> abandoned to solve the problem with what Vint called the Catenet,
> which was just a network of tunneling gateways.
So here's the crux: is the 'discovery' of end-to-end (abandonment in
favor of reconstruction at the periphery) *inherent* in the 'Internet
frame' or accidental? I think I can be rightly blamed for circularity
in defining the end-to-end principle AS part of the Internet
frame. But within that perimeter, the path seems more fixed. The
emergence of security solutions for encrypting IP take the same
form. The application protocols like HTTP take the same form. Ideas
that don't -- intermediated email delivery and second-generation
routing of packet flows (which use state-in-routers) -- took longer to
really shake out and seem grudgingly accepted [the former, I'd say,
because of the reality of intermittent interconnectivity (we needed
mail relays) and the latter for intra-network allocation and billing].
> Etc, et al...
(hmm. are you implying I overlooked the same events or the same
> And, the ethos of the internet stems from the original work of Paul
> Baran in 1962, with his "Route Around Damage" concept for surviable
> packet switching, though the path of transfer of his work into the
> ARPANET was quite indirect. Over time. "route around damage" has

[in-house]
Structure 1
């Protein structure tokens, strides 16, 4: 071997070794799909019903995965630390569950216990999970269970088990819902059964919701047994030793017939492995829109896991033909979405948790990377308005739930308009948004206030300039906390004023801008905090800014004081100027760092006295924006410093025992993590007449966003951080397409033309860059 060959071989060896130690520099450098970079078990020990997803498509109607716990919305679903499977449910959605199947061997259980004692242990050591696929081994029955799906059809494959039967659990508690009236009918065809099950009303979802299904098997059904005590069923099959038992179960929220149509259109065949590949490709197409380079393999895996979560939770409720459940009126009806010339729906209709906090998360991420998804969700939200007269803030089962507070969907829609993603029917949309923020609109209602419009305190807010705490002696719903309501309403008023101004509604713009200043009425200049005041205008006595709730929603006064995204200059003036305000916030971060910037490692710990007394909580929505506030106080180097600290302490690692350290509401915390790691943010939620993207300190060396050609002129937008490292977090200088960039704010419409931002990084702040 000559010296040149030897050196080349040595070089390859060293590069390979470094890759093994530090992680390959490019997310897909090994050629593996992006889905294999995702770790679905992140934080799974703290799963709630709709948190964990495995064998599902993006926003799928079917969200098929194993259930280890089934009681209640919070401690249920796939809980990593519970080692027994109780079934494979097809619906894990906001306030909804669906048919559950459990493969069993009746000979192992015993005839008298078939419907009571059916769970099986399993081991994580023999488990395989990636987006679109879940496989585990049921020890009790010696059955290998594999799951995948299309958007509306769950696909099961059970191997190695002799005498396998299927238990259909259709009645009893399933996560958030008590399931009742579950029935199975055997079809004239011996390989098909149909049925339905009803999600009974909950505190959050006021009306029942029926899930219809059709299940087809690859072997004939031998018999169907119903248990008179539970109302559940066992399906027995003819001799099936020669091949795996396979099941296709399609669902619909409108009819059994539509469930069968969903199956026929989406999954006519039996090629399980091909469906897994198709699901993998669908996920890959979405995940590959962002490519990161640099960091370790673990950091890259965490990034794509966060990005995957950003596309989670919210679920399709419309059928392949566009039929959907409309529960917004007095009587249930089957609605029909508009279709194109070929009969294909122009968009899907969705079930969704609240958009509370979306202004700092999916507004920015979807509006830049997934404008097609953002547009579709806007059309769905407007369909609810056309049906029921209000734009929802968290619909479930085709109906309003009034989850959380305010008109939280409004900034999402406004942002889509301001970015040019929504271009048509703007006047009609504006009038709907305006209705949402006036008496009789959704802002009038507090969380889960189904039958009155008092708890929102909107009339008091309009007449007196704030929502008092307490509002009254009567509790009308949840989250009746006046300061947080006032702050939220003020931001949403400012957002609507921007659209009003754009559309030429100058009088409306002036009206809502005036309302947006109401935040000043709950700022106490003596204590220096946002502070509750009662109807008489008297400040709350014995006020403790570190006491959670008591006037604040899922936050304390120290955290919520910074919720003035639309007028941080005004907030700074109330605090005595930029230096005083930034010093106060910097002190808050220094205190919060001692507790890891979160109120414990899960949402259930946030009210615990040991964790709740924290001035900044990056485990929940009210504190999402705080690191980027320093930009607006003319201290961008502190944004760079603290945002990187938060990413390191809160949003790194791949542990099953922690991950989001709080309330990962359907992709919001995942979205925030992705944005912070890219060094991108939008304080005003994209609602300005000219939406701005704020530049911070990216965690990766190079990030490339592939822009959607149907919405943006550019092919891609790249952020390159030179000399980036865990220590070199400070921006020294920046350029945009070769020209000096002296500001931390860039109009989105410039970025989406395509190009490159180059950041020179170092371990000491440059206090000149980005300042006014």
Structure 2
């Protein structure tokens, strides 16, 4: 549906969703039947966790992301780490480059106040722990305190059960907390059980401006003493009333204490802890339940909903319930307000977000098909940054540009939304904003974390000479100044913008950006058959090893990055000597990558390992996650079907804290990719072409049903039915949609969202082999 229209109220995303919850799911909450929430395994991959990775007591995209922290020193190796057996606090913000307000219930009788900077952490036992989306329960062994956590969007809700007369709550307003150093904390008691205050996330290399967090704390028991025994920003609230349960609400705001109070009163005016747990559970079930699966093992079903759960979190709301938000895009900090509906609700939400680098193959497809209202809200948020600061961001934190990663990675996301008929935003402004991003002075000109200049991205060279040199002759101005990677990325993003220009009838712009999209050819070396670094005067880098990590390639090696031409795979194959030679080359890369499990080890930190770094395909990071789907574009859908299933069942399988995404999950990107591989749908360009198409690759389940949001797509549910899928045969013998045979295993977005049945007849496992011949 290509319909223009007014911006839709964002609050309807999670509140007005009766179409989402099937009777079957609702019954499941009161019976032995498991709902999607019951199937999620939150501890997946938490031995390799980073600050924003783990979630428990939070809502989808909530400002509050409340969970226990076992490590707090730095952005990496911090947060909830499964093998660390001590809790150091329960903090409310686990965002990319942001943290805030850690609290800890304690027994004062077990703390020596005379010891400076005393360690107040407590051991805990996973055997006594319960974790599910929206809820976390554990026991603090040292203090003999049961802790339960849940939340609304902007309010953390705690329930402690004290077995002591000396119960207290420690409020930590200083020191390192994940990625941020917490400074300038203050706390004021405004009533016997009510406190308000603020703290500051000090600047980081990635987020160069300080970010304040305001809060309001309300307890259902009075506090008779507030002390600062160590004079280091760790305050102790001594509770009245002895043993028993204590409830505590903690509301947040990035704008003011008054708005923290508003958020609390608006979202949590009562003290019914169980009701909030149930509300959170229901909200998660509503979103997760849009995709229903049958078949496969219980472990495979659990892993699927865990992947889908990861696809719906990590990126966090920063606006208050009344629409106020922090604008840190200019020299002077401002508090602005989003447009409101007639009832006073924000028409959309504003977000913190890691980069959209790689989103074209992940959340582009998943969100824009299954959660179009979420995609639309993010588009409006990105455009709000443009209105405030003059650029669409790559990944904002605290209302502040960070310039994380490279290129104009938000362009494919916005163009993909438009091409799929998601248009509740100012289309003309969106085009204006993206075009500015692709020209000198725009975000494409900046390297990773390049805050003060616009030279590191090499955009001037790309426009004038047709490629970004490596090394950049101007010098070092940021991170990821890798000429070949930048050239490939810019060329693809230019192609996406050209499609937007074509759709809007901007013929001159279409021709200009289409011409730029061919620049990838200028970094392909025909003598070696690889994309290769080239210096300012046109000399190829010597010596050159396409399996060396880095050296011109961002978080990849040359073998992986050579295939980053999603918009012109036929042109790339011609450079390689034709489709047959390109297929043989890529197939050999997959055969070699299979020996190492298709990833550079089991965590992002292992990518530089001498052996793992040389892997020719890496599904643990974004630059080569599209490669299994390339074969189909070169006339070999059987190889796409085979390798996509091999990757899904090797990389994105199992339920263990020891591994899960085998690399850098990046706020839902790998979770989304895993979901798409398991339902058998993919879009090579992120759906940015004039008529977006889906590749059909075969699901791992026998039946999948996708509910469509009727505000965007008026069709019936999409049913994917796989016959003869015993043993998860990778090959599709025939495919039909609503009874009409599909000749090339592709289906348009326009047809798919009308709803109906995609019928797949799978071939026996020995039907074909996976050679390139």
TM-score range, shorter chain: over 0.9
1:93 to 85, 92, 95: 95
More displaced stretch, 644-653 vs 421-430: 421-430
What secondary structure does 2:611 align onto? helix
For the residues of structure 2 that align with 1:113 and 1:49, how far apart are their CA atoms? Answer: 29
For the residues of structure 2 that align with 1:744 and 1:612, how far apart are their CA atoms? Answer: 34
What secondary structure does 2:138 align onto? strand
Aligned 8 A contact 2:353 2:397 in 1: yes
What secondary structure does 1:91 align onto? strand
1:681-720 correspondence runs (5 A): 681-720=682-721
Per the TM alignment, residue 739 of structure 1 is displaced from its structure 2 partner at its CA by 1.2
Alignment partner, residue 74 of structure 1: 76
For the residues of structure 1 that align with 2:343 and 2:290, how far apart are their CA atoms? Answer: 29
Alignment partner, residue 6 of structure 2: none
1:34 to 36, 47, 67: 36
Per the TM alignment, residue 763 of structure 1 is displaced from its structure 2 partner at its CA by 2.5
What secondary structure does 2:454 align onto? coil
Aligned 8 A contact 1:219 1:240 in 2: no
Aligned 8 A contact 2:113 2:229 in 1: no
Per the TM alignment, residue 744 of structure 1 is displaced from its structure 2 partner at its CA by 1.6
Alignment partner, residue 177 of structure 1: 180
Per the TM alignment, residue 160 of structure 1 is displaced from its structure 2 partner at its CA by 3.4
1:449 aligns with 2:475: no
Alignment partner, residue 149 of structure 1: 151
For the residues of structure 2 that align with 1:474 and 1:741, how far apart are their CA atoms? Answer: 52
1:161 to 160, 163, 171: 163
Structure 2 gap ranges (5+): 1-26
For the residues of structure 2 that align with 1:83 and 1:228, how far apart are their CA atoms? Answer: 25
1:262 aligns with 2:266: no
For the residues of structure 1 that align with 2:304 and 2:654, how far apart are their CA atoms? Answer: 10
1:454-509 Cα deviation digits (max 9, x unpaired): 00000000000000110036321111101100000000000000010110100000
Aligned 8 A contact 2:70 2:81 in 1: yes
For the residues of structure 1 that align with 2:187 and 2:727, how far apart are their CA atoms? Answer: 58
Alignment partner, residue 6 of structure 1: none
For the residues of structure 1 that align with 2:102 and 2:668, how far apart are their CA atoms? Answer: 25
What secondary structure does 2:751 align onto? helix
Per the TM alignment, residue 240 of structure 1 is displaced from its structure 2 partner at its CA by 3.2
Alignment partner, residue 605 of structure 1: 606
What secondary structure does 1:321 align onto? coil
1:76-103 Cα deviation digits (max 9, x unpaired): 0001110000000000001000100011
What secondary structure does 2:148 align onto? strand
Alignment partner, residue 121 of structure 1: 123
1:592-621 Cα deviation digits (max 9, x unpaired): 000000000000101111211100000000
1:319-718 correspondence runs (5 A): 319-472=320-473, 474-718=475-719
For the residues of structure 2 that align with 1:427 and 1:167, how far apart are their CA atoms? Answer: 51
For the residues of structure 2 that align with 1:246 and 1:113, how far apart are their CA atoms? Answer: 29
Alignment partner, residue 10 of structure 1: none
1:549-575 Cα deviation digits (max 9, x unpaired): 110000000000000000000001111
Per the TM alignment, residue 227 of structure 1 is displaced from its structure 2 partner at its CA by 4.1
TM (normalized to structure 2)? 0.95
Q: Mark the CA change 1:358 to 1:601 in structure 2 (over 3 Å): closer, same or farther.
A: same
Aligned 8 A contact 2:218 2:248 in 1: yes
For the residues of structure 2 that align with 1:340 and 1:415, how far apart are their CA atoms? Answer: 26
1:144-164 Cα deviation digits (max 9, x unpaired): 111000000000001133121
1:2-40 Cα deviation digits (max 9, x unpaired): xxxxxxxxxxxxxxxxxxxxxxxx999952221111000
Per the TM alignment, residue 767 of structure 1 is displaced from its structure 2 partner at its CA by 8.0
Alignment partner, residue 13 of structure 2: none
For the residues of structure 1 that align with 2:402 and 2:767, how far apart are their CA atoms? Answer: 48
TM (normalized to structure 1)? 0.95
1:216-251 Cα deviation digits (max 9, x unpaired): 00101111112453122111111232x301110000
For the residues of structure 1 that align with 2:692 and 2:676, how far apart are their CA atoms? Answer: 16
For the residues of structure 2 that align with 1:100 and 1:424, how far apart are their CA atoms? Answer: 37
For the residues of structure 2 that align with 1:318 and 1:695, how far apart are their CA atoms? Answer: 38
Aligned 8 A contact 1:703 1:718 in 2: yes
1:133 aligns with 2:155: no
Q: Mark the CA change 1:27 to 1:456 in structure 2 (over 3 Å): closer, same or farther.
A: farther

> transmogrified itself into "Work Around Problems".
I'm interested in two parts of what you said. The first is the
'nuclear warfighting' part of the story, which Hafner,
et. al. particularly highlight. I've felt the connection might be more
tenuous, since I didn't think the ARPAnet grants were expressly funded
for that purpose, that ARPAnet technology was used for that purpose
(i.e. MILnet wasn't *that* sensitive), and that high reliability in
the face of concerted attack was a community priority.
[If it *were* directly related, though, I can imagine some fun
shouting matches about 'patriotism' in support of IP: "if it's good
enough for our nukes, only Commies must like OSI!" :-]
Second, route-around-damage is indeed an organizing principle of the
Internet frame, from the wires-and-packets level to the social ("The
Net interprets censorship as damage and routes around it", John
Gilmore, NYT, 1/15/96). Now, another test of my bald assertion would
be to trace the evidence whether this was a founding principle, or an
innovation "from left field"?
> All this is now embeded in the IP net, in EMail store&forward,
> including all those acursed Gateways into non-Internet environments
> whic did not use the IP tunnelling model to deliver undamaged goods
> end-to-end. But, good old Internet working around problems had by
> then infused the core of developers to just make things work anyway.
Aha! A socially constructed technological pathway in action! We should
invite *you* over for a day in John King's class... I think this has
been a very legitimate inquiry into how believable the pat histories
in our textbooks really are in the face of events.
Thanks -- I appreciate a well-armed gentleman/gentlewoman as a
--- In that old Baudrillardian challenge, if one stages a bank robbery and carries the performance all the way to the bank, fooling even the teller and guards, one arguably has succeeded in redefining oneself not as an actor, but as a bank robber. -- www.suck.com